So, I left off yesterday with my brother and his friend entertaining the citizens of Trenton with their creative rendition of “Chopsticks” on the church organ…I believe the boys were probably reprimanded by James’ dad after hearing the racket from his study in the parsonage next door. I seem to recall at least one incident involving small boys with squirt guns and unsuspecting parishioners too. The church also had a fairly large bat population…it was amusing to look up high in the sanctuary and imagine the rodents hanging upside down from the ceiling detaching themselves and landing on some old lady’s Sunday hat (it certainly would provide a diversion from the sermon)!
Some Sundays after church, we would go out for lunch – we liked A&W, which we didn’t have in Ohio. They had a drive-in, where the server would come to your car and hang your tray full of food right on the car window! Root beer is still my favourite pop! My parents also took us to a Chinese restaurant – until we moved to Canada, I’d never had anything as exotic as Chinese food! They used to make little hats out of the paper napkins when they put them on the table! I liked eggrolls and chicken balls – my tastes have matured since then!
When we arrived in Ontario, we’d never lived in the country before. There was a wealth of things we could do that we’d never had a chance to try in the suburbs. One of the first things my dad did was build us a clubhouse out of scrap wood. It had a ladder in the middle leading to a hole in the roof. A favourite game was climbing up the ladder and then jumping off the roof (which was probably about 5 feet high). We played for hours in there with our new friends, Willy and Judy.
Growing up in Ohio, ice skating was a totally foreign concept to us…I was watching the Comedy Channel last night, and heard a comedienne joke about Canadians being born wearing ice skates! All my friends in Grade 3 could ice skate, except me (they’d all been doing it for years)! I had a pair of roller skates (the kind with a key that you strap on over your shoes), but the movements of roller skating and ice skating are completely different. So, I dragged an old wooden kitchen chair down to the pond, and proceeded to teach myself to skate. Barbara Ann Scott had absolutely nothing to worry about…maneuvering my fork from my plate into my mouth without dropping the food is as coordinated as I get…Needless to say, I fell…a lot!
Another winter joy was tobogganing…there was rarely enough snow in Ohio for that! We never had snowpants…we would just put on two or three pairs of pants, and stay outside until we were soaked or frozen! Dad used to pull us around on the big wooden toboggan too. Until we moved to Canada, we’d never had to take off our shoes to put on boots before – our old boots just went on over our shoes, like galoshes! We’d come in the house after being outside for three hours in sub-zero temperatures, and hold our feet over the register trying to thaw our frozen toes…oh, the pain!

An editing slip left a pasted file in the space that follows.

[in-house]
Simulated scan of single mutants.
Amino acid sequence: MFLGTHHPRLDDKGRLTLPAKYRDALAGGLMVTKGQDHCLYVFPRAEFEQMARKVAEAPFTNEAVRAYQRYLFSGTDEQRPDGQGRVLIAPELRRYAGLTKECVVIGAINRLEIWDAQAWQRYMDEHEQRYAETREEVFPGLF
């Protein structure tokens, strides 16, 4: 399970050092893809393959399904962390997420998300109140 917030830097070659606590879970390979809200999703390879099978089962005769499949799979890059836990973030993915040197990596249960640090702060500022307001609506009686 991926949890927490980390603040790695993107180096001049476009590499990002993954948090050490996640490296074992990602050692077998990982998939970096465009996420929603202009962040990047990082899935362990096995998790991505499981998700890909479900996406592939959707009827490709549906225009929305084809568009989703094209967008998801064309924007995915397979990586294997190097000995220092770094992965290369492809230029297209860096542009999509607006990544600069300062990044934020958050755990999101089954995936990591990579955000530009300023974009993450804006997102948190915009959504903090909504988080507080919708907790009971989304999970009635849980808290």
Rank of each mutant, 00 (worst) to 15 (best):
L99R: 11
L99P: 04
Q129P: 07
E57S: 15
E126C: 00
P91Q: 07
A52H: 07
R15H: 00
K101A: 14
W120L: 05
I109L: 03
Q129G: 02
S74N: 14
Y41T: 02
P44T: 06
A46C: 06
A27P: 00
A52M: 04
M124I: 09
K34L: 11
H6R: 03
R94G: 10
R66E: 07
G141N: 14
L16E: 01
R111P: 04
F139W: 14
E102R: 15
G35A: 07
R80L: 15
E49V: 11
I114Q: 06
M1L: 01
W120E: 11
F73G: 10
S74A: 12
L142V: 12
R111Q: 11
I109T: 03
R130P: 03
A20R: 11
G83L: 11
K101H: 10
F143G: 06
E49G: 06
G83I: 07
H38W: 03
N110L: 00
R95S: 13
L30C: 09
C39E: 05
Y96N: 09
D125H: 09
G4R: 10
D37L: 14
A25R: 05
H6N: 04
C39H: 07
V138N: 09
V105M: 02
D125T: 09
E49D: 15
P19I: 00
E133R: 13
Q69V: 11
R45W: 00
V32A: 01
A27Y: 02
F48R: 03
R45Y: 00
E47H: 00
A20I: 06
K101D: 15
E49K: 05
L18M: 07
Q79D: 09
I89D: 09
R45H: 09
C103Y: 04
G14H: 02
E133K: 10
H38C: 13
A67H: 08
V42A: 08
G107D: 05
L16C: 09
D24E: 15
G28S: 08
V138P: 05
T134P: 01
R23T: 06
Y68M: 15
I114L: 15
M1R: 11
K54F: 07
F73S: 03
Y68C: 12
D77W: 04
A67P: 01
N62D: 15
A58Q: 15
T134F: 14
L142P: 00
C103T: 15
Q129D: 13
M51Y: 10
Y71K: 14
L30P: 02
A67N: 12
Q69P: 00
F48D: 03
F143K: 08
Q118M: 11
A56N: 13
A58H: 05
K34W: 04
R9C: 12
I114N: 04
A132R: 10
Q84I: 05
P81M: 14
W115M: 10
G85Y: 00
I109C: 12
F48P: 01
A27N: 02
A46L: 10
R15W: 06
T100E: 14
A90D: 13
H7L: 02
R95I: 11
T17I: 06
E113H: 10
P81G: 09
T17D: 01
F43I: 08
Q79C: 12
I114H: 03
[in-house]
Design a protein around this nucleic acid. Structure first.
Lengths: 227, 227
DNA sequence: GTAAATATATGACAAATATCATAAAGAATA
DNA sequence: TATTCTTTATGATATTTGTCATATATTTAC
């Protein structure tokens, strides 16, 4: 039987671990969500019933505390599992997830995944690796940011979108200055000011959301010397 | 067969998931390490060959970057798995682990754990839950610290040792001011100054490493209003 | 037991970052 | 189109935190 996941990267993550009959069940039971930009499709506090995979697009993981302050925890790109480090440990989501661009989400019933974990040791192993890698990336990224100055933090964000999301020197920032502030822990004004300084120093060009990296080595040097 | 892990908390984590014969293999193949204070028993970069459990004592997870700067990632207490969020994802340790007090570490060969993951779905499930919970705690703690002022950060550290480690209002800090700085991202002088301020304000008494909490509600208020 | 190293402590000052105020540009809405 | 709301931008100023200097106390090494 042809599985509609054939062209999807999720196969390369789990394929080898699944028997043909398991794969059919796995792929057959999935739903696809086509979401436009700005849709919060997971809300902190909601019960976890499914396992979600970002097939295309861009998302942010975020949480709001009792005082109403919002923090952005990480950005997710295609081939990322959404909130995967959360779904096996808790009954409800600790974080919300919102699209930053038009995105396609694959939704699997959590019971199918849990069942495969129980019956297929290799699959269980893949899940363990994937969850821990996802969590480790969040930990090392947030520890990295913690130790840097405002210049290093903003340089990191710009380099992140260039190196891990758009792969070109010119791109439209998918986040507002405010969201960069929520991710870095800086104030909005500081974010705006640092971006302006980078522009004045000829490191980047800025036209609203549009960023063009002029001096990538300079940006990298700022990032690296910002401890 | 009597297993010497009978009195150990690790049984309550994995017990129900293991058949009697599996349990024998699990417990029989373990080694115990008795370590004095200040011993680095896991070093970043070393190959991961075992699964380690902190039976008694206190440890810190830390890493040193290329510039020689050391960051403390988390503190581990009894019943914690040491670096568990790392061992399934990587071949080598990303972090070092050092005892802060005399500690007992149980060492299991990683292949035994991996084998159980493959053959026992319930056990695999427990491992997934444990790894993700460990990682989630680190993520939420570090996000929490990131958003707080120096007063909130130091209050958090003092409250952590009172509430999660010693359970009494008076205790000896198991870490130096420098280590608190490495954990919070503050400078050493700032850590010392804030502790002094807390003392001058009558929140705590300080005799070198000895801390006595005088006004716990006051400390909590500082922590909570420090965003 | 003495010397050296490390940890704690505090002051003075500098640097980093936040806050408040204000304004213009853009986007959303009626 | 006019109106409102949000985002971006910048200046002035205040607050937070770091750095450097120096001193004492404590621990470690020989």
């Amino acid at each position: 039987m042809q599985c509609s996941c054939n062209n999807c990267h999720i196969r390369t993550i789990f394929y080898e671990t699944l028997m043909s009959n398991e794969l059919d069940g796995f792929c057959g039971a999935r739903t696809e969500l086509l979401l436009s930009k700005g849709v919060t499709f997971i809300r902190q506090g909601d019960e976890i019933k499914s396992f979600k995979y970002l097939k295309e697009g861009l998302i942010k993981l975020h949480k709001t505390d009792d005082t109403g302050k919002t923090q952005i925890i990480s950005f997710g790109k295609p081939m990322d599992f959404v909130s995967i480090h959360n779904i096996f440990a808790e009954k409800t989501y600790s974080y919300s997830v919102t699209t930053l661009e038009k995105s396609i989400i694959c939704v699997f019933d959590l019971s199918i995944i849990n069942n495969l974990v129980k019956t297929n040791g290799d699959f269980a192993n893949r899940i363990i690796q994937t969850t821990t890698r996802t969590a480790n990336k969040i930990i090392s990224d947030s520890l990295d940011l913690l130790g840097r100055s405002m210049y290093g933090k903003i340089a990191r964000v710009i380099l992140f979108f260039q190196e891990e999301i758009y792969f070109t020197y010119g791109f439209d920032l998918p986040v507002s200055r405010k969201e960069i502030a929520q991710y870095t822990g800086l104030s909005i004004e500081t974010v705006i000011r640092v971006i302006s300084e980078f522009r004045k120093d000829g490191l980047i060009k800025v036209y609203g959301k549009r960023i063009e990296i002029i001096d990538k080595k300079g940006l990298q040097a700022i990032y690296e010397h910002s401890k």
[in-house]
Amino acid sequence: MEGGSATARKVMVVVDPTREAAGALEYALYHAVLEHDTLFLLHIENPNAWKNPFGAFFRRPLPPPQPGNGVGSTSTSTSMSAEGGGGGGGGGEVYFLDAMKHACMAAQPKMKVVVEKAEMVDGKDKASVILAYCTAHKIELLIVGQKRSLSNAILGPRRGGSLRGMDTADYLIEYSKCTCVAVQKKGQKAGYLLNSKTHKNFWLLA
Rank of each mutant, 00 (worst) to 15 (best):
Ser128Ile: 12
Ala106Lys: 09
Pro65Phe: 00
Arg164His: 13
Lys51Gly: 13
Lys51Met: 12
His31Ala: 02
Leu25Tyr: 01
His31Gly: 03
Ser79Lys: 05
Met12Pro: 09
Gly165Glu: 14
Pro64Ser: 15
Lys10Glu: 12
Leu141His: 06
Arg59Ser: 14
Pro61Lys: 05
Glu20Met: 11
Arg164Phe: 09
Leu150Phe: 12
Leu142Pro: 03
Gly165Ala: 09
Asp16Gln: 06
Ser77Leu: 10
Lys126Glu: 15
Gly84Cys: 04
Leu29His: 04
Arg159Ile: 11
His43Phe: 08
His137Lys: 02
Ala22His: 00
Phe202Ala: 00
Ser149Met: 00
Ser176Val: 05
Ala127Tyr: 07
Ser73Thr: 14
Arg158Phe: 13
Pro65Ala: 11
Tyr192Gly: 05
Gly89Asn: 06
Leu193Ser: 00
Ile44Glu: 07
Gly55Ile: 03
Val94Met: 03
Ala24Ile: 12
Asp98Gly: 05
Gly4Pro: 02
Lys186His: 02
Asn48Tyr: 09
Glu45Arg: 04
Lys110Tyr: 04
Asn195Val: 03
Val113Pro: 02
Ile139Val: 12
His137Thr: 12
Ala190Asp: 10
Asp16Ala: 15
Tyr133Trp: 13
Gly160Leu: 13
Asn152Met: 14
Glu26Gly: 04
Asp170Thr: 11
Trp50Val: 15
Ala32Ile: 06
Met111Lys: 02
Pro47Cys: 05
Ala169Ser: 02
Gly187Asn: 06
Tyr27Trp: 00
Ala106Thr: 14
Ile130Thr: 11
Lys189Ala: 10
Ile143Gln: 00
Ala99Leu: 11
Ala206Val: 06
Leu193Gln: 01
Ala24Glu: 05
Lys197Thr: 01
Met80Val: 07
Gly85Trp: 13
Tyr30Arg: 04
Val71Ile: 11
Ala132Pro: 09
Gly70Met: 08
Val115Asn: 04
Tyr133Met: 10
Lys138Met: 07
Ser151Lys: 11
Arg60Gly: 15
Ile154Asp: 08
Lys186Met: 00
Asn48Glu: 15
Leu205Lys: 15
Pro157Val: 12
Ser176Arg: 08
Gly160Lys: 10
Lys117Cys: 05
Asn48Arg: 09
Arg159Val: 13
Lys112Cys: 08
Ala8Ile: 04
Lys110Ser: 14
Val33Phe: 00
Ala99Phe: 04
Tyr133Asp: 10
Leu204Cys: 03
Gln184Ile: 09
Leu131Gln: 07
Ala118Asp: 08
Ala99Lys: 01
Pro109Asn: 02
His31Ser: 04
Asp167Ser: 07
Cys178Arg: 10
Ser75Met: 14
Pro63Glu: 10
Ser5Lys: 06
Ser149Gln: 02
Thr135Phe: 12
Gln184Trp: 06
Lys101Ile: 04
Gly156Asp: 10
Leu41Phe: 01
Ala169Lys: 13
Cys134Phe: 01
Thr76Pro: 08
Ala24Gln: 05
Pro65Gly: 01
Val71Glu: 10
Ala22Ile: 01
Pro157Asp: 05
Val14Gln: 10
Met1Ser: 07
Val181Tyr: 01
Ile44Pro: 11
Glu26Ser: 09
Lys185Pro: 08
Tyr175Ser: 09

Willy and Judy introduced us to “Skidooing.” Willy was 8 and Judy was 9 – they both were driving their own snowmobiles at that point (snowmobiles were a lot smaller in the late ’60’s than they are now)! Willy used to fly around the fields at tremendous speed…I can’t remember if he wore a helmet over his red hair or not…Both kids had Skidoo suits (one piece snowsuits) and Skidoo boots, which had removable liners and ties at the top.
In the spring, we’d go down to the pond and catch tadpoles in old glass jars…it was fun to watch them develop into little frogs…we’d always let them go after that!
I saw my first garter snakes at that house…there was lots of long grass out back that they delighted in hiding in, and then slithering out when we least expected it! Snakes aren’t my favourite animal! There were also rabbits and groundhogs around…some of the groundhogs were huge! Their big teeth scared me!
In the summer, we went to North Beach, which was near Brighton on Lake Ontario. The water was cold, and there were lots of rocks. We had fun, but I was happy later when my parents discovered the Sandbanks in Prince Edward County, and we started going there instead! The water was warmer, and the beach was sandy! We used to stand in the water and jump when the waves came in…
In the late summer of 1970, we said goodbye to the stone house…my parents bought a house in Rednersville, a few miles away. It meant that we would have to change schools, but we finally had our own place (it was our homestead for the next 30+ years!).